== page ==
Ernest J. King and Walter Muir Whitehill

King headshot
Born in Lorain, Ohio, Ernest Joseph King (1878-1956) attended the US Naval Academy at Annapolis (1897-1901), graduating fourth in his class. He served on the cruiser San Francisco in the Spanish–American War while still at the Naval Academy. After graduation, King was a junior officer on the survey ship Eagle, the battleships Illinois, Alabama and New Hampshire, and the cruiser Cincinnati. His first command was in 1914, on the destroyer Terry. During World War I, King served on the staff of Vice Admiral Henry Mayo, Commander, Atlantic Fleet. After the war, King headed the Naval Postgraduate School, commanded a submarine squadron, and the submarine base at New London. King was qualified in surface ships, submarines, and as a Naval Aviator. Starting in June 1930, he commanded the carrier Lexington for two years. Promoted to rear admiral, he ran the Bureau of Aeronautics (1933-1936). After a period on the Navy’s General Board and as Commander, Atlantic Squadron, King was promoted to admiral in February 1941 and became Commander, Atlantic Fleet. Shortly after the Japanese attack on Pearl Harbor, King was appointed Commander in Chief of the US Fleet (COMINCH). In March 1942, King succeeded Harold Stark as Chief of Naval Operations (CNO), becoming the only admiral to hold this combined command. As COMINCH-CNO, King directed the US Navy’s operations, planning and administration and was a member of the Joint Chiefs of Staff. In December 1944, King became the second admiral, after Admiral Leahy, to be made Fleet Admiral. After retiring from active duty in December 1945, King served as president of the Naval Historical Foundation (1946-1949). His autobiography appeared in 1952.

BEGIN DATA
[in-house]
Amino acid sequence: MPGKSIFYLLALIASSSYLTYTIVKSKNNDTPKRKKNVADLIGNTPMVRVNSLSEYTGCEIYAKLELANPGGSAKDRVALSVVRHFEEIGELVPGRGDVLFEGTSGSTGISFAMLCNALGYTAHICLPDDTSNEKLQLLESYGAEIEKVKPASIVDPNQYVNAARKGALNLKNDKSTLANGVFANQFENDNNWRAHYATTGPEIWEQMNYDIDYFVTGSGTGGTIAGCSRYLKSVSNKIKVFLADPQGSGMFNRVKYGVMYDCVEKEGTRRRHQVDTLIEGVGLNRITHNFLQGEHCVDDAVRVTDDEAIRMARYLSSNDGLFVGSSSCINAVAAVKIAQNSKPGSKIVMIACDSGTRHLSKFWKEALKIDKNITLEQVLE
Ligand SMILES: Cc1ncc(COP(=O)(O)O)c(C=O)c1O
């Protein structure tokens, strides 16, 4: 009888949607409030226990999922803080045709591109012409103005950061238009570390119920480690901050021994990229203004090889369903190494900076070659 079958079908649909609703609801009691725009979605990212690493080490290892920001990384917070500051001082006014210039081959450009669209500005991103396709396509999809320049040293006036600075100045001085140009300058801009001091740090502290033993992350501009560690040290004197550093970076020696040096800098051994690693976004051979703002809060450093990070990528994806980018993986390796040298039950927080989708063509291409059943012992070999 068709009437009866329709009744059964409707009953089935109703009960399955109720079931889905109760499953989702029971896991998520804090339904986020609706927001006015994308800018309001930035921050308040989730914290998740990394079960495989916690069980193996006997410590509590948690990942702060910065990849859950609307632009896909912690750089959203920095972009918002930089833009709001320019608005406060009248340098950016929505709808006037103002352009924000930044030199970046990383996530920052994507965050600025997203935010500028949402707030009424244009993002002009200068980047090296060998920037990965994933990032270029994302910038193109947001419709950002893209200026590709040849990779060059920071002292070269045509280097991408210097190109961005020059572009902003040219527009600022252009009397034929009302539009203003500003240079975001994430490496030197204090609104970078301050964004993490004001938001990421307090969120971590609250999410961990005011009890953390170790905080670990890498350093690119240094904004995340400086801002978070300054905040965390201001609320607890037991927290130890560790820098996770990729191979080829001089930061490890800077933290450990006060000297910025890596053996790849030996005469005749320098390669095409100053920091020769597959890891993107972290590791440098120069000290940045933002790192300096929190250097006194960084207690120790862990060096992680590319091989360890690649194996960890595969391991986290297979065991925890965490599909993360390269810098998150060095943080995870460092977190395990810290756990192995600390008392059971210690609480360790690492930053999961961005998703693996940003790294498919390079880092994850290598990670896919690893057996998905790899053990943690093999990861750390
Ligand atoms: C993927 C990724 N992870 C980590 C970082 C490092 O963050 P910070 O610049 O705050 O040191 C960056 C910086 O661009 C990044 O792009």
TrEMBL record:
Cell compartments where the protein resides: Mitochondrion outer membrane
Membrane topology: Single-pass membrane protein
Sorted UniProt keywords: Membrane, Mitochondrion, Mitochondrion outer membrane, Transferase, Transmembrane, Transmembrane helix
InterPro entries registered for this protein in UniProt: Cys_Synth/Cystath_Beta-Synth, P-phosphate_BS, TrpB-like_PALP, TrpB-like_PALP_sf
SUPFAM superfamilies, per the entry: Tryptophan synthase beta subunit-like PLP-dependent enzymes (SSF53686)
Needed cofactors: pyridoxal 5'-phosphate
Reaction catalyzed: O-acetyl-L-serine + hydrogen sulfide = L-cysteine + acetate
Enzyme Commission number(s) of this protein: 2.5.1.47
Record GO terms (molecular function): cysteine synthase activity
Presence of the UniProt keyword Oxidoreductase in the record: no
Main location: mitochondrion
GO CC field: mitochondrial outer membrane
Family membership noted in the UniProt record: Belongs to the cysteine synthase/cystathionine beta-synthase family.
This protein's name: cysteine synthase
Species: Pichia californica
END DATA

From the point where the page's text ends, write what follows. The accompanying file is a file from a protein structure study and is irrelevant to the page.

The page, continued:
Whitehill headshot
Born in Cambridge, Massachusetts, Walter Muir Whitehill (1905-1978) was a writer, historian, medievalist, and Director and Librarian of the Boston Athenaeum (1946-1973). He received his AB and MA degrees from Harvard in 1926 and 1929 and his PhD from the University of London in 1934 for his thesis on the architecture of medieval Spain. Whitehill spent World War II in the Office of Naval Records in Washington. He edited publications of the Colonial Society of Massachusetts (1946-1978) and was associated with the Peabody Museum of Archaeology and Ethnology at Harvard (1951) where he was a lecturer in history (1956-1957).

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